Depending on the relative location of the bond under attack as counted from the end of the chain, the products of this digestive process are dextrin, maltotriose, maltose, and glucose, etc. Dextrins are shorter, broken starch segments that form as the result of the random hydrolysis of internal glucosidic bonds. A molecule of maltotriose is formed if the third bond from the end of a starch molecule is cleaved; a molecule of maltose is formed if the point of attack is the second bond; a molecule of glucose results if the bond being cleaved is the terminal one; and so on. As can be seen from the exercises in Experiment No. 3, the initial step in random depolymerization is the splitting of large chains into various smaller sized segments. The breakdown of large particles drastically reduces the viscosity of gelatinized starch solution, resulting in a process called liquefaction because of the thinning of the solution. The final stages of depolymerization are mainly the formation of mono-, di-, and tri-saccharides. This process is called saccharification. due to the formation of saccharides.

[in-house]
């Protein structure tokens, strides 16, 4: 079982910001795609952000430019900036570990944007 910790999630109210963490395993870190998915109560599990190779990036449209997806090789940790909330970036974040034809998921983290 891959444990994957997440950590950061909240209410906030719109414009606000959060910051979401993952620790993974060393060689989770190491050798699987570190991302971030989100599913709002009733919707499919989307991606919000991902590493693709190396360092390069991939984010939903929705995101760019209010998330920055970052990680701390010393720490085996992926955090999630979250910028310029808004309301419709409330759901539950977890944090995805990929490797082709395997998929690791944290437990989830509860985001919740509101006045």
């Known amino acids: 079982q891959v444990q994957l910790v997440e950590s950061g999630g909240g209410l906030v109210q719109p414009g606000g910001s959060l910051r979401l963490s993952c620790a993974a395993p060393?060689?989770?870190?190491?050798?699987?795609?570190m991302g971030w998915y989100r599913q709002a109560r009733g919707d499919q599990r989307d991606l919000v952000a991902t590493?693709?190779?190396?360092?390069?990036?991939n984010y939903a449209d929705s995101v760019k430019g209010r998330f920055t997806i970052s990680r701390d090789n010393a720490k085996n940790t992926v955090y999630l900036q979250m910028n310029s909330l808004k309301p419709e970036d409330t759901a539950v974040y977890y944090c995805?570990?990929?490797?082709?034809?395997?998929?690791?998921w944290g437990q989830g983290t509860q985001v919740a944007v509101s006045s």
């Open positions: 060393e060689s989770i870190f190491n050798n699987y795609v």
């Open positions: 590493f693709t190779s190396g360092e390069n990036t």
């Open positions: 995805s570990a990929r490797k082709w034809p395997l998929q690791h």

Since a wide variety of organisms, including humans, can digest starch, alpha-amylase is obviously widely
synthesized in nature, as opposed to cellulase. For example, human saliva and pancreatic secretion contain a large amount of alpha-amylase for starch digestion. The specificity of the bond attacked by alpha-amylases depends on the sources of the enzymes. Currently, two major classes of alpha-amylases are commercially produced through microbial fermentation. Based on the points of attack in the glucose polymer chain, they can be classified into two categories, liquefying and saccharifying.
Because the bacterial alpha-amylase to be used in this experiment randomly attacks only the alpha-1,4 bonds, it belongs to the liquefying category. The hydrolysis reaction catalyzed by this class of enzymes is usually carried out only to the extent that, for example, the starch is rendered soluble enough to allow easy removal from starch-sized fabrics in the textile industry. The paper industry also uses liquefying amylases on the starch used in paper coating where breakage into the smallest glucose subunits is actually undesirable. (One cannot bind cellulose fibers together with sugar!)